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Sunday, September 18, 2011

The gift of meditation

Last week I threw my back out. The only way that could have happened is during my sit up exercises, which I just restarted after years of idleness in that regard. Now, that back problem has never occurred before, so, aside from hemming and hawing about old age and all the physical challenges it brings, I wasn't sure what to do about it.

For two days I struggled with shooting pains in my lower back, almost unable to even do my work behind the computer. And then I remembered my visit to India in 2008 and the Vipassana meditation I came to practice ever since. I usually meditate to keep myself composed, to see things in a different light, to distance myself from the defilements of daily life such as holding grudges, feeling victimized, developing a sense of entitlement, getting agitated, wallowing in self-pity, and other dismal emotions. My meditation helps me understand so many things that would disturb me in the past: people who are difficult, demanding, or downright mean, for instance. Before I would wonder why I had to endure these characters on my path. Now I understand their purpose of being teachers in my life, along with the fact that they have a problem which I can choose to make mine or not. So I simply learn my lessons, feel compassion for them, and move on.

But when my backache was really becoming such a nuisance that I started thinking of undergoing a string of chiropractor visits, I decided to apply another dimension of my meditation: one that I don't quite apply enough: the one of self-healing. I thought, "Well, if it doesn't help, it won't hurt to try it anyway." So I sat down in lotus position and started my meditation: concentrating on my breathing at first to calm the mind. Soon enough I started focusing fully at the sore spot in my lower back. I could feel the area tingling as my attention became more intense, and I just mentally observed it for a while. Then, I started sending healing thoughts to the spot, and regulated my thoughts to my breath:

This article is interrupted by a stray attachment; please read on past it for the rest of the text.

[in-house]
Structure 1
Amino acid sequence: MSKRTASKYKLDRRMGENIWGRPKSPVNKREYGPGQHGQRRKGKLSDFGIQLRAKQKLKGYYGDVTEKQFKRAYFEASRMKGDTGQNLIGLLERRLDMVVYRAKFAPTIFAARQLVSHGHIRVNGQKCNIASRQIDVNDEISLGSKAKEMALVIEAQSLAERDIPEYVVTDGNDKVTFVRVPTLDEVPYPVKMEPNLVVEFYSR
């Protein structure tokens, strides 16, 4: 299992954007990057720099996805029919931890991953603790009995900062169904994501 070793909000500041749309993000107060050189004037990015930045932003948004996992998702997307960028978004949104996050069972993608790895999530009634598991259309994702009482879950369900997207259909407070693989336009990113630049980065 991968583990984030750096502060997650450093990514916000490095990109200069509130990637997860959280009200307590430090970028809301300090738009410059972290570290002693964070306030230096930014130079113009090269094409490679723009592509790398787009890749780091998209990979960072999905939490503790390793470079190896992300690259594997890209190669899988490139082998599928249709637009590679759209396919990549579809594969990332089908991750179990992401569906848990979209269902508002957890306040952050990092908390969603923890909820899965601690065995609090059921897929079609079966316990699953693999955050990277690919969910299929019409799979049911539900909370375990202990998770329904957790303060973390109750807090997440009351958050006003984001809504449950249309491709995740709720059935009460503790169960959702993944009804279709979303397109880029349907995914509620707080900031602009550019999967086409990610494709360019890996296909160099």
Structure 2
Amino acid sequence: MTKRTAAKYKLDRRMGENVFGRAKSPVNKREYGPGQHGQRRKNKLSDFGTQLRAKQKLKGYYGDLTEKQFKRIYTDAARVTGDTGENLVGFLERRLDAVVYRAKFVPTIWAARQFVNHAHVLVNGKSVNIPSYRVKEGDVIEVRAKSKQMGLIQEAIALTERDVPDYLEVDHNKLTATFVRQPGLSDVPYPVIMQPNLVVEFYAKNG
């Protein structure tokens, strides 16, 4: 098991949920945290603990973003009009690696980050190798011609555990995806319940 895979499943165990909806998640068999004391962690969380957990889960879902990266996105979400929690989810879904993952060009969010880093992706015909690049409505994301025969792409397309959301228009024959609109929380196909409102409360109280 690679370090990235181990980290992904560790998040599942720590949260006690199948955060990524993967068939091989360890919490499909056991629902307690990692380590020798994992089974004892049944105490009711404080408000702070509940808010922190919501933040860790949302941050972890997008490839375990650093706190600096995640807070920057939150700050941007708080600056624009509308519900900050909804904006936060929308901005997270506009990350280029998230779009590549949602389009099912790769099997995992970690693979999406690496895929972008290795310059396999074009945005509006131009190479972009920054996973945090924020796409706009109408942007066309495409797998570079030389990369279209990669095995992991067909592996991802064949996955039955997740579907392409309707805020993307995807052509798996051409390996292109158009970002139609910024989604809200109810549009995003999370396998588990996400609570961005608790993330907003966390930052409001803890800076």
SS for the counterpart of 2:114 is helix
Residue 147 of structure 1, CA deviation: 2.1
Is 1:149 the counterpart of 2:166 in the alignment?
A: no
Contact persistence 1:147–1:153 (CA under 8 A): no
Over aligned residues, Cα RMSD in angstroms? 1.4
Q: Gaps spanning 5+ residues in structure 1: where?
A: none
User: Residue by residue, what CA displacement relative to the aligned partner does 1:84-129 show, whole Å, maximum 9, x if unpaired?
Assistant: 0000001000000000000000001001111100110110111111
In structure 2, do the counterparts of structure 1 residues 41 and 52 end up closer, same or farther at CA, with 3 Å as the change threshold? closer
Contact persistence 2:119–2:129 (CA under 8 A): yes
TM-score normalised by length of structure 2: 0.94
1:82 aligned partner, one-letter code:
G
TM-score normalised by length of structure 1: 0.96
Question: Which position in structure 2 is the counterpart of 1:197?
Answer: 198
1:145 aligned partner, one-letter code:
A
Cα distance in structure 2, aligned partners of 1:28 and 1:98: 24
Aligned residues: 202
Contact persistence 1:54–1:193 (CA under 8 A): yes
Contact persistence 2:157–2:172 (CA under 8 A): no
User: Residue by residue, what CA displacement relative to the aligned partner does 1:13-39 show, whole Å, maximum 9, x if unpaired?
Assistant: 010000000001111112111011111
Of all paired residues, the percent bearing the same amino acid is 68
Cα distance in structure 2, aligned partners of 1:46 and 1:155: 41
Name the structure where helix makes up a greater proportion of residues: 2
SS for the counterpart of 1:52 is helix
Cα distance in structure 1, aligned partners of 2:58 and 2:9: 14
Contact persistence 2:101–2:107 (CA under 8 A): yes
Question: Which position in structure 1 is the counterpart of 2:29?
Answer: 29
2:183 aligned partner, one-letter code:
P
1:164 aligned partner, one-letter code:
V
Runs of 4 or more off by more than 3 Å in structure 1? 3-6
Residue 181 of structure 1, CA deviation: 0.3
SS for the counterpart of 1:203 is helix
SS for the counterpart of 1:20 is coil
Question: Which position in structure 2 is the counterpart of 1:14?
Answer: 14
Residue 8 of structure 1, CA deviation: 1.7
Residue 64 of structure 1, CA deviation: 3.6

Health in... illness out... wellness in... soreness out... good in...bad out...
Health in... illness out... wellness in... soreness out... good in...bad out...
Health in... illness out... wellness in... soreness out... good in...bad out...

I landed in the most beautiful place, all white and soft, as if I was in a huge soursop with endless pathways, indulging in gentleness. When I got out of my meditation, I was pleasantly surprised to find that the strain in my lower back was gone. Still slightly skeptical, I paid close attention in the following days, but I only felt very faint pressure, which faded immediately when I started focusing on the spot. This morning, I was able to do what I had doubted all week: my 3-mile Sunday morning walk.

So, what can I say? You don't have to try it if you don't believe in it, of course. No one will force you or get upset if you take all of this with a huge grain of salt. But what I realized once again in the past few days is that we, modern day's human beings, have forgotten much of the wealth and capabilities we were born with. Finding answers and healing ourselves are just some of them. We have become externalizers: we count on everyone and everything else for advice, healing, and general well-being. Our internal locus of control is smaller and weaker than ever. And meditation can help to strengthen and expand it. I hope I won’t forget this again the next time I need pain relief.

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